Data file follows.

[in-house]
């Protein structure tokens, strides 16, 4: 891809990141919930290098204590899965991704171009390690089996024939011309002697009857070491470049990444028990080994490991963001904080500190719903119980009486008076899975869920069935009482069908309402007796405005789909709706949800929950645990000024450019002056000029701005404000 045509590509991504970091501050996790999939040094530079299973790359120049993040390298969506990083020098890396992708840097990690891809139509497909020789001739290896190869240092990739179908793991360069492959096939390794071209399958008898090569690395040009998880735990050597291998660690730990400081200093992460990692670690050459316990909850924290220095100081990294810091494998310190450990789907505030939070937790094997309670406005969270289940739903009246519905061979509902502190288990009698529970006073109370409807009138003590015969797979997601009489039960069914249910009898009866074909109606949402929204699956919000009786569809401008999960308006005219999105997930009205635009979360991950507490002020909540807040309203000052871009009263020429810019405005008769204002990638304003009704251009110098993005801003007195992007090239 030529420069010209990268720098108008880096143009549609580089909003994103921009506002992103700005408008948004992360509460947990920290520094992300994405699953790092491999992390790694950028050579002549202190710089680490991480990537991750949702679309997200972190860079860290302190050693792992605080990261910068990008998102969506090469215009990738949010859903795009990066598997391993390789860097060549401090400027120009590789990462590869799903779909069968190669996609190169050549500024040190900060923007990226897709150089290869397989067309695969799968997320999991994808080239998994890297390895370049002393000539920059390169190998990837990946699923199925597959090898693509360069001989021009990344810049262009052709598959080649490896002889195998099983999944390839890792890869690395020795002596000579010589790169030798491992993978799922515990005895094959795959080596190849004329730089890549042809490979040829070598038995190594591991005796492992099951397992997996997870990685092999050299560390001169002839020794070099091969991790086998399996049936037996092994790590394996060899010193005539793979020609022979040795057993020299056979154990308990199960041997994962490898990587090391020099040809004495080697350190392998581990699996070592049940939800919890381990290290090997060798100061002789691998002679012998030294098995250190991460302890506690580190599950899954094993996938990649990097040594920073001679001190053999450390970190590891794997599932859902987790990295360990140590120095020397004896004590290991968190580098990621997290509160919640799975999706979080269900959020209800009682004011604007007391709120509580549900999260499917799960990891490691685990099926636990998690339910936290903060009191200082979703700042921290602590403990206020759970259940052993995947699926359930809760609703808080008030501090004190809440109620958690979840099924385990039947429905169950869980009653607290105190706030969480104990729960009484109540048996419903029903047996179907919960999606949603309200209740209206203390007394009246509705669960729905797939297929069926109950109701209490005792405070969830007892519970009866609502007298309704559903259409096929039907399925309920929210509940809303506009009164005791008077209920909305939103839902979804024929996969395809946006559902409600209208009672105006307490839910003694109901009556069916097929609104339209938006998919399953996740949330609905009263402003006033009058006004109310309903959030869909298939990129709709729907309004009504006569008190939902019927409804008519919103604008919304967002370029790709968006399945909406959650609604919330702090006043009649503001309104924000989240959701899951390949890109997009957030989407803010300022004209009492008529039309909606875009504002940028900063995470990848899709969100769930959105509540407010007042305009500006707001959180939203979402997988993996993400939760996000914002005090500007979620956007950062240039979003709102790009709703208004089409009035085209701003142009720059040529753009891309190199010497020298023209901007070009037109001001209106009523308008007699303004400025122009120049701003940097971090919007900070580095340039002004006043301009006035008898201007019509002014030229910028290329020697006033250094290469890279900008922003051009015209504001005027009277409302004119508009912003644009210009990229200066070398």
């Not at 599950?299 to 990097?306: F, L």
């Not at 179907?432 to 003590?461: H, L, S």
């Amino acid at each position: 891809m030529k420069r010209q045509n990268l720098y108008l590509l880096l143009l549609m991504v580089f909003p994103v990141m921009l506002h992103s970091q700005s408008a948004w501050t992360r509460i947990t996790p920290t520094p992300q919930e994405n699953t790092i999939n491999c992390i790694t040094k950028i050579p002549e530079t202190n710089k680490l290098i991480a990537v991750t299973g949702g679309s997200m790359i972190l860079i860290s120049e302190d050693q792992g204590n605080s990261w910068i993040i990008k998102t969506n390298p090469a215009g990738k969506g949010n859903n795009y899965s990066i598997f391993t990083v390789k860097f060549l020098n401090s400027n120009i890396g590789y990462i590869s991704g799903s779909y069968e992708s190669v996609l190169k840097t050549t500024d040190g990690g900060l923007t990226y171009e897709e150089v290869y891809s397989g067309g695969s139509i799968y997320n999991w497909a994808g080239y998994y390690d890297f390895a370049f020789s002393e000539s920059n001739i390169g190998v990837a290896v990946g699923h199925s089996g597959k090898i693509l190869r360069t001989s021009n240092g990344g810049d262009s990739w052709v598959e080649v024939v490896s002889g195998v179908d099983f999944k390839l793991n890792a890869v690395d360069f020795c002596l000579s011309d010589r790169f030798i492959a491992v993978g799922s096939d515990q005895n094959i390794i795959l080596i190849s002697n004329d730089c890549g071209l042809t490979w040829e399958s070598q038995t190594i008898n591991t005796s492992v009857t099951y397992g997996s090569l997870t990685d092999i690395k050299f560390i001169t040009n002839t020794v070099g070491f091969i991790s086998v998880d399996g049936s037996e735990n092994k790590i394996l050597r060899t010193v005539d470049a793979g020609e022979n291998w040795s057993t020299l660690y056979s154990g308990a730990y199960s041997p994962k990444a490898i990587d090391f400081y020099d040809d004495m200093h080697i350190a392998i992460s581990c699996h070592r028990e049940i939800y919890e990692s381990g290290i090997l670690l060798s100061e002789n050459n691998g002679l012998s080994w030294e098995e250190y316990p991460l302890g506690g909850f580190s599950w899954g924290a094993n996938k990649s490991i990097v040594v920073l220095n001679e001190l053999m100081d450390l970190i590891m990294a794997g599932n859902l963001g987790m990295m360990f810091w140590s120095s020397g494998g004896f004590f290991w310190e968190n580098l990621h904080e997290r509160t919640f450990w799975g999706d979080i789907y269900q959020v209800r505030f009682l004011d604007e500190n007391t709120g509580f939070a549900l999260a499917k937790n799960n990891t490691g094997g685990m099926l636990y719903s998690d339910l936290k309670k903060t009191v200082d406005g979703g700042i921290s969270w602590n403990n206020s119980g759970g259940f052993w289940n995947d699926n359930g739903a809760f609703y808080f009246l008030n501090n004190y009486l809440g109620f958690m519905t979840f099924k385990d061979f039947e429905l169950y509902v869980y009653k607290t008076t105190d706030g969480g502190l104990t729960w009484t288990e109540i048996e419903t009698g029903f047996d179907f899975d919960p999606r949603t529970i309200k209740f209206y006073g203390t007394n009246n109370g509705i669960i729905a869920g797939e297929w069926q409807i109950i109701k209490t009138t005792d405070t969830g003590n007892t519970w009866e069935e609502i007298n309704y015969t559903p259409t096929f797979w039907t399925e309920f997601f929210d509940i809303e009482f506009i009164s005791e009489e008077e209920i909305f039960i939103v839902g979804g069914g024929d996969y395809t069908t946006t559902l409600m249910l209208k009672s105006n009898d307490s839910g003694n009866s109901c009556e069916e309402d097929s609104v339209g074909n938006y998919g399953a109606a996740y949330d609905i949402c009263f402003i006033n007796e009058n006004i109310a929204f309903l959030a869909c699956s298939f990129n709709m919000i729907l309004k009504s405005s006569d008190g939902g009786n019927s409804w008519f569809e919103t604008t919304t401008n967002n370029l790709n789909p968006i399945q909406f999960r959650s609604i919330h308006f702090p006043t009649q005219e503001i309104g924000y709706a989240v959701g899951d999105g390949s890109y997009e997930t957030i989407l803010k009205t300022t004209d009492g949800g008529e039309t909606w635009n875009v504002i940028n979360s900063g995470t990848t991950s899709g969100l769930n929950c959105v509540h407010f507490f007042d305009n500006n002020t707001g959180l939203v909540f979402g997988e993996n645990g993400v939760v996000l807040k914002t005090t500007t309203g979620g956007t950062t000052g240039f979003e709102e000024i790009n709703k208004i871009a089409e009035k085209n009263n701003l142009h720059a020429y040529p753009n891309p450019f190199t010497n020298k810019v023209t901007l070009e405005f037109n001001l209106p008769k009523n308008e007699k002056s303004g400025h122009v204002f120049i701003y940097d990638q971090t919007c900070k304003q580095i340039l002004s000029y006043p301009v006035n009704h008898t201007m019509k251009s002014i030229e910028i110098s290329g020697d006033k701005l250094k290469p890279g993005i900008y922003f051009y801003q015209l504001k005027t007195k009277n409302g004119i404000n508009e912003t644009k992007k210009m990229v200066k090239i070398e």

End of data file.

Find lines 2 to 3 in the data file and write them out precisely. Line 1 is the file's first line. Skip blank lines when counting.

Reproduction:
């Protein structure tokens, strides 16, 4: 891809990141919930290098204590899965991704171009390690089996024939011309002697009857070491470049990444028990080994490991963001904080500190719903119980009486008076899975869920069935009482069908309402007796405005789909709706949800929950645990000024450019002056000029701005404000 045509590509991504970091501050996790999939040094530079299973790359120049993040390298969506990083020098890396992708840097990690891809139509497909020789001739290896190869240092990739179908793991360069492959096939390794071209399958008898090569690395040009998880735990050597291998660690730990400081200093992460990692670690050459316990909850924290220095100081990294810091494998310190450990789907505030939070937790094997309670406005969270289940739903009246519905061979509902502190288990009698529970006073109370409807009138003590015969797979997601009489039960069914249910009898009866074909109606949402929204699956919000009786569809401008999960308006005219999105997930009205635009979360991950507490002020909540807040309203000052871009009263020429810019405005008769204002990638304003009704251009110098993005801003007195992007090239 030529420069010209990268720098108008880096143009549609580089909003994103921009506002992103700005408008948004992360509460947990920290520094992300994405699953790092491999992390790694950028050579002549202190710089680490991480990537991750949702679309997200972190860079860290302190050693792992605080990261910068990008998102969506090469215009990738949010859903795009990066598997391993390789860097060549401090400027120009590789990462590869799903779909069968190669996609190169050549500024040190900060923007990226897709150089290869397989067309695969799968997320999991994808080239998994890297390895370049002393000539920059390169190998990837990946699923199925597959090898693509360069001989021009990344810049262009052709598959080649490896002889195998099983999944390839890792890869690395020795002596000579010589790169030798491992993978799922515990005895094959795959080596190849004329730089890549042809490979040829070598038995190594591991005796492992099951397992997996997870990685092999050299560390001169002839020794070099091969991790086998399996049936037996092994790590394996060899010193005539793979020609022979040795057993020299056979154990308990199960041997994962490898990587090391020099040809004495080697350190392998581990699996070592049940939800919890381990290290090997060798100061002789691998002679012998030294098995250190991460302890506690580190599950899954094993996938990649990097040594920073001679001190053999450390970190590891794997599932859902987790990295360990140590120095020397004896004590290991968190580098990621997290509160919640799975999706979080269900959020209800009682004011604007007391709120509580549900999260499917799960990891490691685990099926636990998690339910936290903060009191200082979703700042921290602590403990206020759970259940052993995947699926359930809760609703808080008030501090004190809440109620958690979840099924385990039947429905169950869980009653607290105190706030969480104990729960009484109540048996419903029903047996179907919960999606949603309200209740209206203390007394009246509705669960729905797939297929069926109950109701209490005792405070969830007892519970009866609502007298309704559903259409096929039907399925309920929210509940809303506009009164005791008077209920909305939103839902979804024929996969395809946006559902409600209208009672105006307490839910003694109901009556069916097929609104339209938006998919399953996740949330609905009263402003006033009058006004109310309903959030869909298939990129709709729907309004009504006569008190939902019927409804008519919103604008919304967002370029790709968006399945909406959650609604919330702090006043009649503001309104924000989240959701899951390949890109997009957030989407803010300022004209009492008529039309909606875009504002940028900063995470990848899709969100769930959105509540407010007042305009500006707001959180939203979402997988993996993400939760996000914002005090500007979620956007950062240039979003709102790009709703208004089409009035085209701003142009720059040529753009891309190199010497020298023209901007070009037109001001209106009523308008007699303004400025122009120049701003940097971090919007900070580095340039002004006043301009006035008898201007019509002014030229910028290329020697006033250094290469890279900008922003051009015209504001005027009277409302004119508009912003644009210009990229200066070398």
């Not at 599950?299 to 990097?306: F, L």